Arnold Bronson owned a successful high-end Scandinavian furniture store in partnership with his brother in Syracuse, NY. In 1973 he and his wife got the travel bug, rented a 31-ft motor home, loaded their three kids and dog and headed West.
They traversed the western states, and connected with a friend with the Bureau of Land Management in Albuquerque who showed them around. They fell in love with the area, and right away contracted to build a home and new furniture store. Within the year, they’d pulled up stakes and departed alternately cold, snowy, overcast, muggy weather for 310 days of sunshine in New Mexico’s high desert.
Not everyone would have faith in a Scandinavian furniture enterprise in the heart of America’s Southwest, known for historic Highway 66, turquoise and silver, and beautiful native weavings. But Bronsons had the faith to work hard offering tasteful furniture options, and the community rewarded them with 25 years of success.
Their new community does share an Alpine sense with Scandinavia, although nearby Sandia Peak Ski Area tops Scandinavia’s highest peak by two thousand feet.
Arnold had always wanted to fly. He’d dream of being aloft at the controls, and landing safely. He finally had the time to pursue his passion, and was licensed in his 60s. In these twenty-plus years since, he’s flown a dozen different aircraft, and now enjoys his Rans S7 tandem Courier. He enjoys Idaho’s backcountry, and often flies off pavement in his home state, Arizona, Utah, and Colorado. He usually flies to the SuperCub gathering in New Holstein, followed by Oshkosh. He endures AirVenture’s beehive of GA traffic, and summer humidity including riding out one tornado in his tent. “Buses were gathering people and sheltering them indoors,” he explained. “I held on to my tent side to keep the poles from snapping.” The rain pummeled him, and, “for an hour and a half, you could have read a book in the lightning.” He flight plans for 100 mph, and he can stretch the round trip to OSH to 40 hours, “when you stop at every grass field between here and there, which makes it more fun,” he says.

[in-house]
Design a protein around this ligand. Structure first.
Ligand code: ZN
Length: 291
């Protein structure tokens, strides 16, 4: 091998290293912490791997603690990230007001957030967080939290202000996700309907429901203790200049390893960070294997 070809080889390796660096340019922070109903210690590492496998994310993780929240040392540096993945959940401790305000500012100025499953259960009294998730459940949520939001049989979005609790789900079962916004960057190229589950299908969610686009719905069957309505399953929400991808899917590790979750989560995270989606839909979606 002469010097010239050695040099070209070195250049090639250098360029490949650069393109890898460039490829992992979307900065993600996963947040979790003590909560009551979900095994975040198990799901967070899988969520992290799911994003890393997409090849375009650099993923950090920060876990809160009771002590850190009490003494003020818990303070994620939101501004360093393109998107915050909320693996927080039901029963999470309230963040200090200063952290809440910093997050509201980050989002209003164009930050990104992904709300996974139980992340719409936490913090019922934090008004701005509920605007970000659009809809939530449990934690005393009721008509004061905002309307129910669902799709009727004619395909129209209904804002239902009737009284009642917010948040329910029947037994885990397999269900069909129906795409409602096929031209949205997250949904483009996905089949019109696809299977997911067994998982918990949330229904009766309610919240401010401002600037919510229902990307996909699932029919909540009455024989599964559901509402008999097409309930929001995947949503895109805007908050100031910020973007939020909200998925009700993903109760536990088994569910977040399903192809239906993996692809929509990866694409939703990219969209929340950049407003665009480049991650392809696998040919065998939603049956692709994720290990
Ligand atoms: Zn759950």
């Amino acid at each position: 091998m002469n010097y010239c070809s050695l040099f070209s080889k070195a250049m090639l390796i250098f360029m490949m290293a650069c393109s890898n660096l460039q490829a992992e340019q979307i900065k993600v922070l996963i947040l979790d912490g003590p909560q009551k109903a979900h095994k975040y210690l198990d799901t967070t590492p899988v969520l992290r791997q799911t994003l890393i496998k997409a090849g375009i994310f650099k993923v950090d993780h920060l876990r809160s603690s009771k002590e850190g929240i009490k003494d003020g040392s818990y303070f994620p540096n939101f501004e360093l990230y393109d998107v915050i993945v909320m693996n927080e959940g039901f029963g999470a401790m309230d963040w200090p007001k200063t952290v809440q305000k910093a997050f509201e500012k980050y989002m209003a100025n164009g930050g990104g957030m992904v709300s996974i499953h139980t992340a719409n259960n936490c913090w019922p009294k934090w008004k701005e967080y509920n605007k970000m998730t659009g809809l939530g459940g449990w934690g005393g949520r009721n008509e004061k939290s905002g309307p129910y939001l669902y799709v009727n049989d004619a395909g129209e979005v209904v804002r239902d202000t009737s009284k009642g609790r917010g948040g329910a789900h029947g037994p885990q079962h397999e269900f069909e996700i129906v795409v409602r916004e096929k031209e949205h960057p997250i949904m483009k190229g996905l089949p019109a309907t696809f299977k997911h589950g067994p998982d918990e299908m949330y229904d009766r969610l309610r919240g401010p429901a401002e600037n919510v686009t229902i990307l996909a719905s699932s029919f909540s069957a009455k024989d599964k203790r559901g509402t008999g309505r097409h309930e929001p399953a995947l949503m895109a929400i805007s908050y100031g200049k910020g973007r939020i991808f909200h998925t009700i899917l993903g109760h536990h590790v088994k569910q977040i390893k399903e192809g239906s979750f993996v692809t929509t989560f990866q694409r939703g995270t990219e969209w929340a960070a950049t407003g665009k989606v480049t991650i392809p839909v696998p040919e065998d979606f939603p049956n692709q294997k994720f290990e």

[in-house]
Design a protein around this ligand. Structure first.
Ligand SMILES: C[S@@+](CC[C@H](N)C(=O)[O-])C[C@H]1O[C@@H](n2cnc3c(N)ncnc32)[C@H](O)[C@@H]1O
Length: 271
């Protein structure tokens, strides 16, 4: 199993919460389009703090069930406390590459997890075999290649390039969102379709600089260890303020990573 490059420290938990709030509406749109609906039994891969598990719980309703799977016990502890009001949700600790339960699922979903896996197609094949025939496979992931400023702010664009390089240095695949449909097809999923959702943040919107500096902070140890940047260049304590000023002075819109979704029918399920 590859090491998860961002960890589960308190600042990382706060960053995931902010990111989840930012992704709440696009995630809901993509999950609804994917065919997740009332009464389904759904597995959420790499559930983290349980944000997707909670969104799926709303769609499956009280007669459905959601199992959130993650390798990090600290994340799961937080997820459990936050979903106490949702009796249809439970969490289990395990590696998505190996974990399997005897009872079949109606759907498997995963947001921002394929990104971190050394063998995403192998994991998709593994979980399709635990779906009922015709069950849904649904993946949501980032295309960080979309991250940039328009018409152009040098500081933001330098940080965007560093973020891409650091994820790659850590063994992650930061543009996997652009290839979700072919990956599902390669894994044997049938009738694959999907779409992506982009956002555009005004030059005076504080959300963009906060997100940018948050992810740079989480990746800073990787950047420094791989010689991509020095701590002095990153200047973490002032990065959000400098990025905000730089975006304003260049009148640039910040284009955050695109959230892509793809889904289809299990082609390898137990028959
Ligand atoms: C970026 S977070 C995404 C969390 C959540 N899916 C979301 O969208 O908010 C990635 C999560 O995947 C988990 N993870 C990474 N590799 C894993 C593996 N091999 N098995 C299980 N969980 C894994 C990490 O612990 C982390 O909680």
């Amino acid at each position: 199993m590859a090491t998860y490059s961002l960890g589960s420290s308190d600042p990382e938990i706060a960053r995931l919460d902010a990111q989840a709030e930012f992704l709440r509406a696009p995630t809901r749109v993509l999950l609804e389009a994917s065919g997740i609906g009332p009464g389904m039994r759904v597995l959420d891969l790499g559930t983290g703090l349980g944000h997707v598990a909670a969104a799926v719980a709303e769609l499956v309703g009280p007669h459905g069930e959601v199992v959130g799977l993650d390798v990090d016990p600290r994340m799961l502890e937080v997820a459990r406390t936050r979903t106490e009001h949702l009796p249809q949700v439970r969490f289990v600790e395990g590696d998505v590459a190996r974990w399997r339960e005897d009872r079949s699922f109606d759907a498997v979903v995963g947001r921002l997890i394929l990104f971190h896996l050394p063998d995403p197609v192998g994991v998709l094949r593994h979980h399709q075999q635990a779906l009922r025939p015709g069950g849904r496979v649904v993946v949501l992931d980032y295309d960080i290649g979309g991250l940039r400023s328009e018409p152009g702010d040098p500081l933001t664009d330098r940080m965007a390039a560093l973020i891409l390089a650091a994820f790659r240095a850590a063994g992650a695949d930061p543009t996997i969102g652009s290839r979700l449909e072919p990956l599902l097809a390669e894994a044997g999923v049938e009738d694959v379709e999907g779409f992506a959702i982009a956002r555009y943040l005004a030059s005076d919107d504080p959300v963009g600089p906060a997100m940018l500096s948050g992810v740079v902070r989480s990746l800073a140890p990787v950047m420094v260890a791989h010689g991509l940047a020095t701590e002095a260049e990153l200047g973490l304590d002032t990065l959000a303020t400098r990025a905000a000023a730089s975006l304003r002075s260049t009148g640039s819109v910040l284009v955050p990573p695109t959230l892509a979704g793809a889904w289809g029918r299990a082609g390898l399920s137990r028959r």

A memorable flying experience was his half hour in a B-17. “It was the most emotional experience I’ve ever had. Sitting in the left seat, thinking about all those poor kids during World War II that knew they probably wouldn’t come back.” He also had the chance to fly right seat in a Ford Tri-Motor from Albuquerque to Las Cruces for a restoration project.
Arnold has supported the RAF for a dozen years, helps man the RAF booth a couple a times a year; and also supports New Mexico Pilots Association, AOPA and EAA. He helps organize an annual weeklong mentorship program for teens at his home field, Double Eagle II airport in Albuquerque, KAEG. The kids get a chance to build aircraft parts, learn about flying, and take Young Eagle flights. “This year, we have eighteen boys and girls signed up,” he said.
Arnold just celebrated his 86th birthday. Daily, he rides his motorcycle to his hangar and usually flies, often sharing the flight with friends. When he’s not in the air, he pulls up chairs in his “man cave” that faces KAEG’s runway, and “my pilot friends and I smoke cigars, and critique others’ landings.”
He was an avid motorcycle tourer, but has given up his series of BMW touring and dual sport bikes for a sporty British Triumph Bonneville Bud Eakins edition, and is contemplating a long tour on it. You may cross paths with Mr. Bronson, but only if you can keep up!
Submitted on June 9, 2022.